As shown in FIG. 7, holes 50, 52 extend along axes that are non-orthogonal to lower surface 44, but orthogonally oriented to the portion of upper surface 42 extending along respective ones of the first and second portions 58, 60. In this configuration, holes 50, 52 are oriented so that their axes extend in the anterior-posterior directions and generally parallel with the sagittal plane when plate 10 is position in an antero-lateral location along the vertebrae, as shown in FIG. 9. Bone engaging fasteners 70 are shown in FIG. 8, and are positionable through holes 50, 52 to engage plate 40 to the respective vertebrae of the spinal column segment. Upper surface portions 58, 60 extend generally parallel to one another, and can act as a guide for placement of bone engaging fasteners 70 through the holes 50, 52.

As shown in FIG. 9 and also in FIG. 11, one embodiment of the implanted orientation for plate 40 contemplates antero-lateral positioning along the L4 and L5 vertebrae. Cephalad end 54 is located along vertebra L4, and caudal end 56 is located along vertebra L5. Medial side 48 is oriented medially or toward the spinal mid-line, and lateral side 46 is oriented laterally or away from the spinal mid-line. In FIG. 9, one plate 40 is positioned, relative to the patient, on the left hand side of the spinal mid-line. Other embodiments contemplate a mirror image of plate 40 for placement on the right hand side of the spinal midline, such as shown in FIG. 11, to provide bi-lateral extradsical stabilization of the vertebral level.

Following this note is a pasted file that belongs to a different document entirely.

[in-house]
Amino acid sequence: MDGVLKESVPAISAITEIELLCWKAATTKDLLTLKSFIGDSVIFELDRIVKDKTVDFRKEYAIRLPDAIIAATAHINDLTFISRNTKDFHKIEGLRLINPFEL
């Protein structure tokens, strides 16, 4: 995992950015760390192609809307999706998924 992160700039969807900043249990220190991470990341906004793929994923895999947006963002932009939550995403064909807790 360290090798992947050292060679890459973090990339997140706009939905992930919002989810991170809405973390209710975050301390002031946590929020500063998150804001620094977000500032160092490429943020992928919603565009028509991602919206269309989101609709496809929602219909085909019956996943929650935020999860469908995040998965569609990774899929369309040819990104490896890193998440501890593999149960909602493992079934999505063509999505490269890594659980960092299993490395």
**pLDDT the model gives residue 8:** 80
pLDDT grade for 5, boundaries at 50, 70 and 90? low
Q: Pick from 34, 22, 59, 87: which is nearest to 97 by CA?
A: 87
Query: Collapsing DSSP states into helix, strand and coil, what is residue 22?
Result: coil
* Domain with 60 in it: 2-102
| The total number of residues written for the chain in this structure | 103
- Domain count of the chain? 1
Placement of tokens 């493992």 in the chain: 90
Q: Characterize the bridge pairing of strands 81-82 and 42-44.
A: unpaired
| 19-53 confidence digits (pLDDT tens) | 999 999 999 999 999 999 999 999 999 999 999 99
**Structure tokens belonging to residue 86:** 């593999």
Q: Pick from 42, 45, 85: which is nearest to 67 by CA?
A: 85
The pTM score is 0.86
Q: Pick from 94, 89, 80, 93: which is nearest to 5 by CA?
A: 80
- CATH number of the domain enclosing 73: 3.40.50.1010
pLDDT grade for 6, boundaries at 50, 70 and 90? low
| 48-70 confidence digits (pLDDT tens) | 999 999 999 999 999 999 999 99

Similar to plate 10, in its implanted orientation plate 40 is located laterally of the great vessels V1 extending along the spinal midline. In the illustrated embodiment, placement of the plate on the L4-L5 vertebrae locates the plate cephaladly of the bifurcation V2, V3 of the great vessels V1. The intrusiveness of the procedure is minimized since plate 40 avoids contact with the great vessels along the anterior side of the spinal column. Plate 10 can be positioned along the spinal column through the same portal forming the anterior approach taken for access to the disc space between the L4 and L5 vertebrae for placement of a fusion construct. The invasiveness of the procedure is minimized since external stabilization can be provided without posterior intrusion for placement of a plate or rod construct. Also, alignment of the axes of holes 50, 52 generally parallel with the sagittal plane in the portal of the anterior approach minimizes intrusion laterally into tissue along the approach for placement of the bone fasteners through the plate holes.

Referring now to FIGS. 12-13, there is shown another embodiment plate 120 for antero-lateral stabilization of a spinal column segment. Plate 120 includes a body 121 having an upper surface 122 and an opposite lower surface 124. Body 121 extends between a lateral side 126 and a medial side 128, and also between a cephalad end 136 and a caudal end 138. A pair of first holes 130 are provided adjacent cephalad end 136 and a pair of second holes 132 are provided adjacent caudal end 138. Holes 130, 132 extend between and open at upper and lower surfaces 122, 124, and are sized to receive a bone engaging fastener therethrough, as shown in FIGS. 16-17. The corners of plate 120 about holes 130, 132 and the transitions between adjacent plate surfaces can be smooth and rounded to eliminate sharp or abrupt corners or transitions that might impinge on adjacent tissue and anatomical structures.